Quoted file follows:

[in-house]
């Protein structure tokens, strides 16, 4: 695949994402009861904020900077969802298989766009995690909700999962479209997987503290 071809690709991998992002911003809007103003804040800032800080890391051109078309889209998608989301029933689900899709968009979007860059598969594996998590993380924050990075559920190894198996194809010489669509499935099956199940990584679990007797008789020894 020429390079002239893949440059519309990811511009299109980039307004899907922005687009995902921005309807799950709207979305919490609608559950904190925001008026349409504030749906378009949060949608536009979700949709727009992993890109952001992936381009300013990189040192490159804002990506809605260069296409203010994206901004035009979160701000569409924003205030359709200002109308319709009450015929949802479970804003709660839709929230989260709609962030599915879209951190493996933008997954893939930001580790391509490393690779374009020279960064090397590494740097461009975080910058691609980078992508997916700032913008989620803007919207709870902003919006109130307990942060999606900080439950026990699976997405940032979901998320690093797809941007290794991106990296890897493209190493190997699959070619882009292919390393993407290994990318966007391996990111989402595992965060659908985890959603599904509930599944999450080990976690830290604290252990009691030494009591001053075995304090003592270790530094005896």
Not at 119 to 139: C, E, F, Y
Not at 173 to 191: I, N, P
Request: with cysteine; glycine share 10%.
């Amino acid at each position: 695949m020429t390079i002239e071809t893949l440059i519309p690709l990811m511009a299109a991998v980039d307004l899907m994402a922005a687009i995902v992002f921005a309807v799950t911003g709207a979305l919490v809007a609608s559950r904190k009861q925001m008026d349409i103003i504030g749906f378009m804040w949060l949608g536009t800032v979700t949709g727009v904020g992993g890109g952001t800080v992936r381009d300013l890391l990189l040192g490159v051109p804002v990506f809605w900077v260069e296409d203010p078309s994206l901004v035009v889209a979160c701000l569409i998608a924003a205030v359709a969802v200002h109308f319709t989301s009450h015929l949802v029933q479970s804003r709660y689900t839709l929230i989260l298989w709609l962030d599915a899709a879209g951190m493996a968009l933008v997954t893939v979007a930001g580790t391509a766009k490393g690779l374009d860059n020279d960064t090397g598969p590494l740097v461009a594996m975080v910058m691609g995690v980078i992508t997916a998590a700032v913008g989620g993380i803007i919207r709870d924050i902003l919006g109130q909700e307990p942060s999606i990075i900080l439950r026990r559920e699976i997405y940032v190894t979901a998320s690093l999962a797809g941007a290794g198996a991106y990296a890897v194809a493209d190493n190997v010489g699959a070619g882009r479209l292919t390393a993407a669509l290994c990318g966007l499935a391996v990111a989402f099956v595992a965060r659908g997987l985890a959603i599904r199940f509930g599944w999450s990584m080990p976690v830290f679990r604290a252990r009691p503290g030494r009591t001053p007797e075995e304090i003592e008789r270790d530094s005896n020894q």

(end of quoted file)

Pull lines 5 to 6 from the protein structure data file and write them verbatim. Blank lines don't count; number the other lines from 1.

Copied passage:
Request: with cysteine; glycine share 10%.
């Amino acid at each position: 695949m020429t390079i002239e071809t893949l440059i519309p690709l990811m511009a299109a991998v980039d307004l899907m994402a922005a687009i995902v992002f921005a309807v799950t911003g709207a979305l919490v809007a609608s559950r904190k009861q925001m008026d349409i103003i504030g749906f378009m804040w949060l949608g536009t800032v979700t949709g727009v904020g992993g890109g952001t800080v992936r381009d300013l890391l990189l040192g490159v051109p804002v990506f809605w900077v260069e296409d203010p078309s994206l901004v035009v889209a979160c701000l569409i998608a924003a205030v359709a969802v200002h109308f319709t989301s009450h015929l949802v029933q479970s804003r709660y689900t839709l929230i989260l298989w709609l962030d599915a899709a879209g951190m493996a968009l933008v997954t893939v979007a930001g580790t391509a766009k490393g690779l374009d860059n020279d960064t090397g598969p590494l740097v461009a594996m975080v910058m691609g995690v980078i992508t997916a998590a700032v913008g989620g993380i803007i919207r709870d924050i902003l919006g109130q909700e307990p942060s999606i990075i900080l439950r026990r559920e699976i997405y940032v190894t979901a998320s690093l999962a797809g941007a290794g198996a991106y990296a890897v194809a493209d190493n190997v010489g699959a070619g882009r479209l292919t390393a993407a669509l290994c990318g966007l499935a391996v990111a989402f099956v595992a965060r659908g997987l985890a959603i599904r199940f509930g599944w999450s990584m080990p976690v830290f679990r604290a252990r009691p503290g030494r009591t001053p007797e075995e304090i003592e008789r270790d530094s005896n020894q």